As the humanitarian crisis created by Nicolas Maduro, the illegitimate self-proclaimed president of Venezuela, deepens, the de facto Maduro regime and its supporters have accused the United States of attempting a coup and targeting Venezuela’s oil reserves. This is a cynical lie told by a failing regime to maintain its repressive control over the Venezuelan people. The effort to restore democracy in Venezuela has been, and continues to be, an international initiative led by Venezuela’s South American neighbors, supported by most EU members, and justified under Venezuela’s own constitution. The United States is proud to support these efforts and the aspirations of the Venezuelan people in their demand for freedom and competent governance.
In 2017, the Lima Group— consisting of fourteen South, Central, and North American nations not including the United States—formed to support the restoration of democracy in Venezuela as its once prosperous economy collapsed and dissatisfaction with the Maduro regime spread. In 2018, the same group, along with the EU, Slovakia, and many other democratic nations, condemned unconstitutional, undemocratic sham elections and refused to recognize Maduro in his bid to illegitimately consolidate power. Now, all South American countries save Bolivia, Suriname, Paraguay, and Guyana have recognized the transition of Juan Guaido from leader of the democratically elected National Assembly to interim President under articles 233,333, and 350 of the the Venezuelan constitution. Most other democratic nations have followed the Lima group’s lead, including all but four European Union member states. Maduro, by contrast, receives his most vocal support from countries such as Cuba, Russia, China, and Iran—nations that also repress their own citizens and support antidemocratic models of government around the world.
In addition to our support for democratic forces in Venezuela, the United States also stands ready to supply the Venezuelan people with badly needed food aid and other necessities. We cannot ignore their plight. Currently, approximately sixty percent of Venezuelan hospitals have closed, over three million people have fled the country as migrants, and the vast majority of Venezuelans say they would like to join those that have already left. We have worked with regional partners to pre-position lifesaving food, medical supplies, hygiene kits, and other badly needed items on the Venezuelan border, ready for delivery to those in need. We have also announced fifty-six million dollars in aid for Venezuelan migrants that have fled to neighboring countries. We have seen how the Maduro regime has responded to international efforts to aid the suffering Venezuelan people—by blocking deliveries and firing on people trying to access this aid, killing some and wounding scores more.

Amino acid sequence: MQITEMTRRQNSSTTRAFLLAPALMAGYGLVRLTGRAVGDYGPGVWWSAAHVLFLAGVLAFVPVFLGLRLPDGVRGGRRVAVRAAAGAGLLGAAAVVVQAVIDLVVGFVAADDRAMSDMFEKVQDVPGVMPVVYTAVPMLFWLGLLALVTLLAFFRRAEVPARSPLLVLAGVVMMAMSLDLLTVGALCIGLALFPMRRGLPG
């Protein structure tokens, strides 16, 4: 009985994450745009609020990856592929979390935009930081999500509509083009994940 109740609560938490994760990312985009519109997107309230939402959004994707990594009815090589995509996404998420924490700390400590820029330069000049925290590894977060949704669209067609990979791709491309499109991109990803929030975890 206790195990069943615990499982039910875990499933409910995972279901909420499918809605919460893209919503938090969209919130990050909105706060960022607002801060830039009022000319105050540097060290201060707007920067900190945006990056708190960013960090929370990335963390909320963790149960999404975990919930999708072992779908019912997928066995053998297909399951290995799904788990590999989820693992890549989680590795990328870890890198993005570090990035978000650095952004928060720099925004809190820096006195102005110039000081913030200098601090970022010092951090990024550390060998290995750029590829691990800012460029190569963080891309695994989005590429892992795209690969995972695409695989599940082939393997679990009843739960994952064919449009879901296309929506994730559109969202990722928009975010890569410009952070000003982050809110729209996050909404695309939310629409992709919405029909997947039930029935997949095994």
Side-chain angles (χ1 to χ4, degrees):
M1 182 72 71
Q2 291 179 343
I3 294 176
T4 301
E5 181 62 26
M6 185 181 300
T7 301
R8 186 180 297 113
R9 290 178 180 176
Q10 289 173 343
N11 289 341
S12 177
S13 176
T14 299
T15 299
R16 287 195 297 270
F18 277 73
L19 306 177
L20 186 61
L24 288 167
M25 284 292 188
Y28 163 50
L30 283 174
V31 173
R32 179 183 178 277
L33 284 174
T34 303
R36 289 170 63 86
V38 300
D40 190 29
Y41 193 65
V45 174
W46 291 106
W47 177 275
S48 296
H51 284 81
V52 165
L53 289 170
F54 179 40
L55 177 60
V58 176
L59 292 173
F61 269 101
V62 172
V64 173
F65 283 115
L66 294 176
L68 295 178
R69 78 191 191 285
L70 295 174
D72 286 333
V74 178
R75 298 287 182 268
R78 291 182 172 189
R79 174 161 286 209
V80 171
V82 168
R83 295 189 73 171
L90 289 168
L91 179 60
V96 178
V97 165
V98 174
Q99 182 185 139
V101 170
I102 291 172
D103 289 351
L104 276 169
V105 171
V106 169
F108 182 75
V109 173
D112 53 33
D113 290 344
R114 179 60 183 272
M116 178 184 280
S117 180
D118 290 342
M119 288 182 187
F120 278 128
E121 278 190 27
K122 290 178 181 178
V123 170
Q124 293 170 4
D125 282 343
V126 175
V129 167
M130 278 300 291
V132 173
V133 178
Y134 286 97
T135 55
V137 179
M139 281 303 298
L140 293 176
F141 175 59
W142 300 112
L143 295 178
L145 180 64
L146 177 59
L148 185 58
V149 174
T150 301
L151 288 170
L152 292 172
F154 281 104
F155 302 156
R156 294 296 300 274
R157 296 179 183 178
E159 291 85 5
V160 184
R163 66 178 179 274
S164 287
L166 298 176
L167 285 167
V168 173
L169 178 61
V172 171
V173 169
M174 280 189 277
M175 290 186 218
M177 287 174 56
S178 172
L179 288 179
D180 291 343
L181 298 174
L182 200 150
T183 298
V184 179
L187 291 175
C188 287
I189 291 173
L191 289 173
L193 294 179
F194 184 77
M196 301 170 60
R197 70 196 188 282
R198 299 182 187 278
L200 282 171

Over two decades of misrule, Maduro and his predecessor Hugo Chavez have wrecked an economy that was once the envy of South America and sparked mass migration larger than the recent exodus from Syria during the Civil War. They have forced the Venezuelan people to suffer under a system similar to the one that tormented the nations of Central Europe behind the Iron Curtain, with similar disastrous results.
Just like the nations of Central Europe had the courage to strive for freedom in 1989, the people of Venezuela are raising their voices and calling for freedom and an end to authoritarian misrule. They have made their choice, and now the nations of the free world must choose. Will they stand on the side of a failing, repressive, unelected regime? Will they stand with authoritarians and dictators? Or will they stand with the suffering people of Venezuela as they seek to build a freer, brighter future for themselves and their children?